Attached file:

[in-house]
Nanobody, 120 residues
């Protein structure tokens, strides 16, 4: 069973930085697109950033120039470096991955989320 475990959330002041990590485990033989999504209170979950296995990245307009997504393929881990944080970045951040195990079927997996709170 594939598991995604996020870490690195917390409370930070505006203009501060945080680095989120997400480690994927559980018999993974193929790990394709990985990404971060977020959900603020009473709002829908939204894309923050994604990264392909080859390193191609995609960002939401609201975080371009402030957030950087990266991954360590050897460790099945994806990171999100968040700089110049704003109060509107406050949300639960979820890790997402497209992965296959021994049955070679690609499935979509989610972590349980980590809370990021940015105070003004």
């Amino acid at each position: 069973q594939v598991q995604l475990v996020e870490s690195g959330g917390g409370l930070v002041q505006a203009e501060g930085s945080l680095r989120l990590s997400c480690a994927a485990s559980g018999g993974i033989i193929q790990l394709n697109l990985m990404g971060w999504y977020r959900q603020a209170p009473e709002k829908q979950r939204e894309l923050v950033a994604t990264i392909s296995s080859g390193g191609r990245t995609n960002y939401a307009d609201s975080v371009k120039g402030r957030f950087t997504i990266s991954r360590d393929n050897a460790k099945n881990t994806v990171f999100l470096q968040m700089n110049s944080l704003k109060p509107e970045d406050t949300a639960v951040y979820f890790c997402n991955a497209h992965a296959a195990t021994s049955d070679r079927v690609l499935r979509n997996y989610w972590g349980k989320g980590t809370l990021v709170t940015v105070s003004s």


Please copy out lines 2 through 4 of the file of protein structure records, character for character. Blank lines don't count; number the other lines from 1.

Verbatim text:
Nanobody, 120 residues
């Protein structure tokens, strides 16, 4: 069973930085697109950033120039470096991955989320 475990959330002041990590485990033989999504209170979950296995990245307009997504393929881990944080970045951040195990079927997996709170 594939598991995604996020870490690195917390409370930070505006203009501060945080680095989120997400480690994927559980018999993974193929790990394709990985990404971060977020959900603020009473709002829908939204894309923050994604990264392909080859390193191609995609960002939401609201975080371009402030957030950087990266991954360590050897460790099945994806990171999100968040700089110049704003109060509107406050949300639960979820890790997402497209992965296959021994049955070679690609499935979509989610972590349980980590809370990021940015105070003004």
């Amino acid at each position: 069973q594939v598991q995604l475990v996020e870490s690195g959330g917390g409370l930070v002041q505006a203009e501060g930085s945080l680095r989120l990590s997400c480690a994927a485990s559980g018999g993974i033989i193929q790990l394709n697109l990985m990404g971060w999504y977020r959900q603020a209170p009473e709002k829908q979950r939204e894309l923050v950033a994604t990264i392909s296995s080859g390193g191609r990245t995609n960002y939401a307009d609201s975080v371009k120039g402030r957030f950087t997504i990266s991954r360590d393929n050897a460790k099945n881990t994806v990171f999100l470096q968040m700089n110049s944080l704003k109060p509107e970045d406050t949300a639960v951040y979820f890790c997402n991955a497209h992965a296959a195990t021994s049955d070679r079927v690609l499935r979509n997996y989610w972590g349980k989320g980590t809370l990021v709170t940015v105070s003004s």